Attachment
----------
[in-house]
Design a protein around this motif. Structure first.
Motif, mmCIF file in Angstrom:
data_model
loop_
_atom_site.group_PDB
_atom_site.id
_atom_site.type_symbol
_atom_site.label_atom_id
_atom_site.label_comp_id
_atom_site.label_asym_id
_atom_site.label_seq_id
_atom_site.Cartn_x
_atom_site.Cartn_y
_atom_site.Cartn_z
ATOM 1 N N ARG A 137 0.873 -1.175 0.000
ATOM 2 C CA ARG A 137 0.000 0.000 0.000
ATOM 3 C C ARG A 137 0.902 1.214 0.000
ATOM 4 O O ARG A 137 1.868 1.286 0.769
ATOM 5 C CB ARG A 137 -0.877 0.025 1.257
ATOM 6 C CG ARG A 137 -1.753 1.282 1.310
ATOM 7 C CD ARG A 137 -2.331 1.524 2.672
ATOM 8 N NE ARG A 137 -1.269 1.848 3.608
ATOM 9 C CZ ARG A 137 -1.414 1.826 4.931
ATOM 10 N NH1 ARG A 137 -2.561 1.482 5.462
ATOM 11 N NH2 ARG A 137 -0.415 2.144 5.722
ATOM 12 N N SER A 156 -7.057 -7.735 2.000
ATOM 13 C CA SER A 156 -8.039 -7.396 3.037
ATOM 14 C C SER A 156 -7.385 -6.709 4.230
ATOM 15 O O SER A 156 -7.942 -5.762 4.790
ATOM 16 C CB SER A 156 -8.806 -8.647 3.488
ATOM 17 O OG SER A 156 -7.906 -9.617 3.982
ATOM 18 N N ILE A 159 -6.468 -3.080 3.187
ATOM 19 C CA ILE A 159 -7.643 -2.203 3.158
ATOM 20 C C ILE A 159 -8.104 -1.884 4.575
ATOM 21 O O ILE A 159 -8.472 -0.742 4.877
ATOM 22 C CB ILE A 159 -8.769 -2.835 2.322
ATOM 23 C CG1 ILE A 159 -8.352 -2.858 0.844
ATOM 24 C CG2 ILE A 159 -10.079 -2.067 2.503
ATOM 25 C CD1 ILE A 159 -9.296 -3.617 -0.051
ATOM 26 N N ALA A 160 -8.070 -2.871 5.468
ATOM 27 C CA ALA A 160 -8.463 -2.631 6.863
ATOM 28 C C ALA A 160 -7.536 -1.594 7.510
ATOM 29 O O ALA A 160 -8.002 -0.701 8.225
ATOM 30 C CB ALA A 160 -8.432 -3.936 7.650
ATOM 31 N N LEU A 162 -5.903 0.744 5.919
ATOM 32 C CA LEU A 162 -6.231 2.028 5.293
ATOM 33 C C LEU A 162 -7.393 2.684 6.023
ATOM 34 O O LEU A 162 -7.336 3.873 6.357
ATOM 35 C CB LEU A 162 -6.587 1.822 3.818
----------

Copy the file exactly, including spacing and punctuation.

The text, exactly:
[in-house]
Design a protein around this motif. Structure first.
Motif, mmCIF file in Angstrom:
data_model
loop_
_atom_site.group_PDB
_atom_site.id
_atom_site.type_symbol
_atom_site.label_atom_id
_atom_site.label_comp_id
_atom_site.label_asym_id
_atom_site.label_seq_id
_atom_site.Cartn_x
_atom_site.Cartn_y
_atom_site.Cartn_z
ATOM 1 N N ARG A 137 0.873 -1.175 0.000
ATOM 2 C CA ARG A 137 0.000 0.000 0.000
ATOM 3 C C ARG A 137 0.902 1.214 0.000
ATOM 4 O O ARG A 137 1.868 1.286 0.769
ATOM 5 C CB ARG A 137 -0.877 0.025 1.257
ATOM 6 C CG ARG A 137 -1.753 1.282 1.310
ATOM 7 C CD ARG A 137 -2.331 1.524 2.672
ATOM 8 N NE ARG A 137 -1.269 1.848 3.608
ATOM 9 C CZ ARG A 137 -1.414 1.826 4.931
ATOM 10 N NH1 ARG A 137 -2.561 1.482 5.462
ATOM 11 N NH2 ARG A 137 -0.415 2.144 5.722
ATOM 12 N N SER A 156 -7.057 -7.735 2.000
ATOM 13 C CA SER A 156 -8.039 -7.396 3.037
ATOM 14 C C SER A 156 -7.385 -6.709 4.230
ATOM 15 O O SER A 156 -7.942 -5.762 4.790
ATOM 16 C CB SER A 156 -8.806 -8.647 3.488
ATOM 17 O OG SER A 156 -7.906 -9.617 3.982
ATOM 18 N N ILE A 159 -6.468 -3.080 3.187
ATOM 19 C CA ILE A 159 -7.643 -2.203 3.158
ATOM 20 C C ILE A 159 -8.104 -1.884 4.575
ATOM 21 O O ILE A 159 -8.472 -0.742 4.877
ATOM 22 C CB ILE A 159 -8.769 -2.835 2.322
ATOM 23 C CG1 ILE A 159 -8.352 -2.858 0.844
ATOM 24 C CG2 ILE A 159 -10.079 -2.067 2.503
ATOM 25 C CD1 ILE A 159 -9.296 -3.617 -0.051
ATOM 26 N N ALA A 160 -8.070 -2.871 5.468
ATOM 27 C CA ALA A 160 -8.463 -2.631 6.863
ATOM 28 C C ALA A 160 -7.536 -1.594 7.510
ATOM 29 O O ALA A 160 -8.002 -0.701 8.225
ATOM 30 C CB ALA A 160 -8.432 -3.936 7.650
ATOM 31 N N LEU A 162 -5.903 0.744 5.919
ATOM 32 C CA LEU A 162 -6.231 2.028 5.293
ATOM 33 C C LEU A 162 -7.393 2.684 6.023
ATOM 34 O O LEU A 162 -7.336 3.873 6.357
ATOM 35 C CB LEU A 162 -6.587 1.822 3.818